Who were those defenders of priestly celibacy?

When I read Bible Belt Bobby's post about the journalistic virtue called "attribution" I was reminded of a controversial West Coast story that I have been trying to get around to for several days. I refer to the recent resignation of Bishop Gabino Zavala as auxiliary bishop of the Archdiocese of Los Angeles. Why did he resign? The Los Angeles Times put it this way:

Popular and approachable, Zavala was widely known by his first name. To many, that sensibility made the Vatican's announcement on Wednesday unthinkable: For more than a decade, Zavala had harbored a dark secret. He is the father, church officials said, of two children, and had resigned his post.

Zavala's fatherhood, a violation of canon laws of celibacy for priests, was the first controversy to rock the local church during the tenure of Archbishop Jose Gomez, who succeeded Roger Mahony last year. Gomez responded with a blunt letter to his flock on Wednesday announcing the resignation, which elicited shock, despair and, among some, a palpable sense of betrayal.

"He is the father of two minor teenage children, who live with their mother in another state," the letter said. "Let us pray for all those impacted by this situation and for each other."

So far so good. It's pretty clear that Zavala violated his vow of chastity. We can move on.

The Times reports -- with clear attribution -- the answers to several basic questions about this tragic event. For example, Zavala remains a bishop. And, so far, there is no evidence of financial misconduct, in terms of the bishop using church funds to help support his children.

However, readers eventually hit this summary of the major issue that, from the point of view of the newspaper's editors, looms over this story of sin and misconduct.

Zavala's resignation is likely to spark renewed debate over the ecclesiastical laws of celibacy. The earliest popes -- St. Peter himself, under some interpretations -- were married men and fathers. Later, in the fourth century, church officials concluded that men who were not celibate "shall be deprived of the honor of the clerical life."

The idea was to mimic the sacrificing, chaste life of Jesus -- for priests to be married, in a sense, to the church. But in recent years, hundreds of theologians have argued that the rules are dated and needlessly restrictive.

I don't know about you, but I tend to distrust sentences that include "is likely," just before a journalist launches into a discussion of a controversial topic that is allegedly linked to a specific news event.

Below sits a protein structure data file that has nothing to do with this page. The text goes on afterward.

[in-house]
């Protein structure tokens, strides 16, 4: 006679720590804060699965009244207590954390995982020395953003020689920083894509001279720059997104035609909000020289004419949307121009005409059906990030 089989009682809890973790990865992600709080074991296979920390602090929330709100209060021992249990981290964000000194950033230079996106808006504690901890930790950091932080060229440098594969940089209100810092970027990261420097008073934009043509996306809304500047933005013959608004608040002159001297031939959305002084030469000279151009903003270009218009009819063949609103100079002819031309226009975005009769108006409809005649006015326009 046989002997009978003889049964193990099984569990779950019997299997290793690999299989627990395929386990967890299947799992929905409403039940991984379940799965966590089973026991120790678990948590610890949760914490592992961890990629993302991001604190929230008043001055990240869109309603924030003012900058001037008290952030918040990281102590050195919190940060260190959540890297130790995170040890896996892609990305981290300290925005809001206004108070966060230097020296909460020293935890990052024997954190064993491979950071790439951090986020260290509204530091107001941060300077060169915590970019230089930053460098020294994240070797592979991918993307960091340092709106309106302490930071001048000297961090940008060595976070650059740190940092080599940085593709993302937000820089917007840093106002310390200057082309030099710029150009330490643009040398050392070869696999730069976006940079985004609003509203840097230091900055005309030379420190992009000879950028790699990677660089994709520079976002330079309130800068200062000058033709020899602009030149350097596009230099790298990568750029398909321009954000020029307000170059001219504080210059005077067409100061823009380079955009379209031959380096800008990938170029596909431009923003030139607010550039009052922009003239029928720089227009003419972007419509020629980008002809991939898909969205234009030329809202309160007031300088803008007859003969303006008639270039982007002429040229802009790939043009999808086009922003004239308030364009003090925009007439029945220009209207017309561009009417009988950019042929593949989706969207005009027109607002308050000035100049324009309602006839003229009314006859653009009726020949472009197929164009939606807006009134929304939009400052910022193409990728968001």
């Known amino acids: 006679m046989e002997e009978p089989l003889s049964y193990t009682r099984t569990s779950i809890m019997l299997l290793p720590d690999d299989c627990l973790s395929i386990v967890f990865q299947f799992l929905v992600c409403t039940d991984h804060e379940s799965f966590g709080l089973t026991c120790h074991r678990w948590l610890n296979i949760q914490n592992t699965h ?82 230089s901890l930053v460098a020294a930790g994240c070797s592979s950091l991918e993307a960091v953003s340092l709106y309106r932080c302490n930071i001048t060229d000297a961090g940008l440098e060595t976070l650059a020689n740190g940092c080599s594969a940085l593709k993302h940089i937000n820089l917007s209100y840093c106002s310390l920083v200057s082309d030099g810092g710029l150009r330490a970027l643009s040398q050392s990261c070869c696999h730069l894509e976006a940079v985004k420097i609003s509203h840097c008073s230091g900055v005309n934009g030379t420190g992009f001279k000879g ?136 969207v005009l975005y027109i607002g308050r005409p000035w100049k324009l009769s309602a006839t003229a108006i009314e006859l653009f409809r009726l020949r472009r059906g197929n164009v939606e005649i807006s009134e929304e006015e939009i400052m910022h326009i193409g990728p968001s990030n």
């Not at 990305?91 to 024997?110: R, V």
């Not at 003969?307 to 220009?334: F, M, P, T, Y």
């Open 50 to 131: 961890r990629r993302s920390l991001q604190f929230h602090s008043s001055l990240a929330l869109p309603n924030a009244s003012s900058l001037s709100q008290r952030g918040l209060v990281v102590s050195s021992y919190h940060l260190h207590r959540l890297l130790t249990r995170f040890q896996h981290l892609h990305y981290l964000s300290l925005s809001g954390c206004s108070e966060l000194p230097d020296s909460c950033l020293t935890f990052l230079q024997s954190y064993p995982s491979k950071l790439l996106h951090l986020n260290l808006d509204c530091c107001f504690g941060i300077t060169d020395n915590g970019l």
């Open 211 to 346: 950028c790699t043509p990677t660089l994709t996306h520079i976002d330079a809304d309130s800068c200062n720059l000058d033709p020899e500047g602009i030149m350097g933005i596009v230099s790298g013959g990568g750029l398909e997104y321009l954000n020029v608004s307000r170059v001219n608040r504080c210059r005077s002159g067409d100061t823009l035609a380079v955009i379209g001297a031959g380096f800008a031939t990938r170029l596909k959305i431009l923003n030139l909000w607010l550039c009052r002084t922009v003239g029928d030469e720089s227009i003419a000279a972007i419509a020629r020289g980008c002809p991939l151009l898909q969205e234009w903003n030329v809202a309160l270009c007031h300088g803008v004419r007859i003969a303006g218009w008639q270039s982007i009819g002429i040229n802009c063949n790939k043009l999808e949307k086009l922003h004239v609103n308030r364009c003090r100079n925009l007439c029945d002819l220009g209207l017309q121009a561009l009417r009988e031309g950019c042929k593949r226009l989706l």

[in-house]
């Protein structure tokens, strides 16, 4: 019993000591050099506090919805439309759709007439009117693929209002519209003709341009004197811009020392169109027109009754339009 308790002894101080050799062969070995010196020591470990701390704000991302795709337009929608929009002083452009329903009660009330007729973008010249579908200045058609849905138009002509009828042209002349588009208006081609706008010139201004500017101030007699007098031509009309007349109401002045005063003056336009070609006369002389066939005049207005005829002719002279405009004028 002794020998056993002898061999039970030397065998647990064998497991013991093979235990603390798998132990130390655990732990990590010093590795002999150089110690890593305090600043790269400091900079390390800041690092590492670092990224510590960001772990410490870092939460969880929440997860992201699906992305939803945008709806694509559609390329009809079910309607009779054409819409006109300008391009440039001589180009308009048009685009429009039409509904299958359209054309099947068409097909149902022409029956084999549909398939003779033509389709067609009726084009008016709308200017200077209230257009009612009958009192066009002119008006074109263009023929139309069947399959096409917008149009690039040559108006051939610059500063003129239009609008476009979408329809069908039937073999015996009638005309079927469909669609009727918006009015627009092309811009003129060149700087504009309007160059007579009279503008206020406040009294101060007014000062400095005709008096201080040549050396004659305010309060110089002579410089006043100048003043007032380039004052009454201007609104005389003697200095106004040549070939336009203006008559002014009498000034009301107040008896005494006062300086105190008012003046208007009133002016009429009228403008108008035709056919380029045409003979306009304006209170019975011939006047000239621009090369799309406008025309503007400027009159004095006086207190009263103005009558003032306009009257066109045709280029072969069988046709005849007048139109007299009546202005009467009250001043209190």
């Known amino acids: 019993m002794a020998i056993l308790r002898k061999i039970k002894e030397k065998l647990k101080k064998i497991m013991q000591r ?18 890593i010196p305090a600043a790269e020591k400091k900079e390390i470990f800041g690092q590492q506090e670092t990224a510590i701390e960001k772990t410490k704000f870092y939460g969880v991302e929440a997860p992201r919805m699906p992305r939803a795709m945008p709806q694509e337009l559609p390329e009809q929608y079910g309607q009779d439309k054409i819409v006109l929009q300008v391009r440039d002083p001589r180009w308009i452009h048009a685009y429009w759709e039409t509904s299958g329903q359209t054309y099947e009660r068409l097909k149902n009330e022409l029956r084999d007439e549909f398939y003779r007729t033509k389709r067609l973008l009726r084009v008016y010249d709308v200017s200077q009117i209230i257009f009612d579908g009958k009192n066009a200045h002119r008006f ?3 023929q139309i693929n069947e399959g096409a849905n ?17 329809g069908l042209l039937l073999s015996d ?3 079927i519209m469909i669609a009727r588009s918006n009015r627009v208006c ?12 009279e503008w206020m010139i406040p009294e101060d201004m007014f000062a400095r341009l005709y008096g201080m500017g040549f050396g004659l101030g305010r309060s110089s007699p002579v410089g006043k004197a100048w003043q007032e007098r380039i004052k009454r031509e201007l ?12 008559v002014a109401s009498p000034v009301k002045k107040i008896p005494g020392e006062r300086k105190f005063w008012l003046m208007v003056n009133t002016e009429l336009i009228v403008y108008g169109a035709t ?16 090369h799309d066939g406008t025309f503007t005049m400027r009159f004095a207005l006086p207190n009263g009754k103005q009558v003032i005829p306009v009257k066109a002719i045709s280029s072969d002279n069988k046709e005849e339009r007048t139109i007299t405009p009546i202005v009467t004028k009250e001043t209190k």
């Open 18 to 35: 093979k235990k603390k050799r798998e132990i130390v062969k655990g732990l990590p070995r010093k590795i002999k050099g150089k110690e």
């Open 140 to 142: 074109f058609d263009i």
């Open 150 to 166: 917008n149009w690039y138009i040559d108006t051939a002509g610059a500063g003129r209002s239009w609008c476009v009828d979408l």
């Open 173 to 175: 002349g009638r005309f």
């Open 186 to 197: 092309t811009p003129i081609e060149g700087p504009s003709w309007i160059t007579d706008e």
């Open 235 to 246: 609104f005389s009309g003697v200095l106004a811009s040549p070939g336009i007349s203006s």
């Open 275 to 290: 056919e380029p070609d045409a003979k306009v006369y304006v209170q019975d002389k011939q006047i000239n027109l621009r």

Note, in particular, the lack of attributions in the paragraphs when it comes time to explain the historic teachings of the Catholic Church in the Western world. Who precisely is being quoted? Who are the church authorities and historians who were interviewed and asked to defend the church's traditions on this issue?

It is clear, however, who provided the material quoted in opposition to the Vatican's stance. Prepare for the usual suspects:

"It's self-evident -- celibacy does not work," said Father Richard McBrien, a professor of theology at the University of Notre Dame. Younger priests influenced by conservative Vatican administrators in recent years "think celibacy is the crown jewel of the priesthood," he said. "That's nonsense."

A.W. Richard Sipe, a former Benedictine priest and retired psychotherapist in La Jolla, said there was "no question" the Zavala's case raises questions about celibacy standards, and he said he hoped it would spark an overdue review. "I want it discussed openly and honestly," he said.

So here is the key. There are no clear attributions when dealing with material defending a traditional approach to the tradition of priestly celibacy. Readers get clear attributions when it comes time for the Times to harvest zinger quotes from those who oppose the tradition of priestly celibacy.

One would have to wonder if traditionalists were, in fact, asked to take their best, media-friendly shots at defending the church's traditions. The way the published story is worded, a cynic might think that there is the possibility that these weak, perfunctory pro-Vatican quotes actually came from McBrien and Sipe. You know. Perhaps a reporter asked them a question that sounded something like this: "OK, I've heard your point of view. What would the Vatican say to defend this lame policy that clearly is hurting the church?"

Just saying, once again: Attribution is a journalistic virtue.

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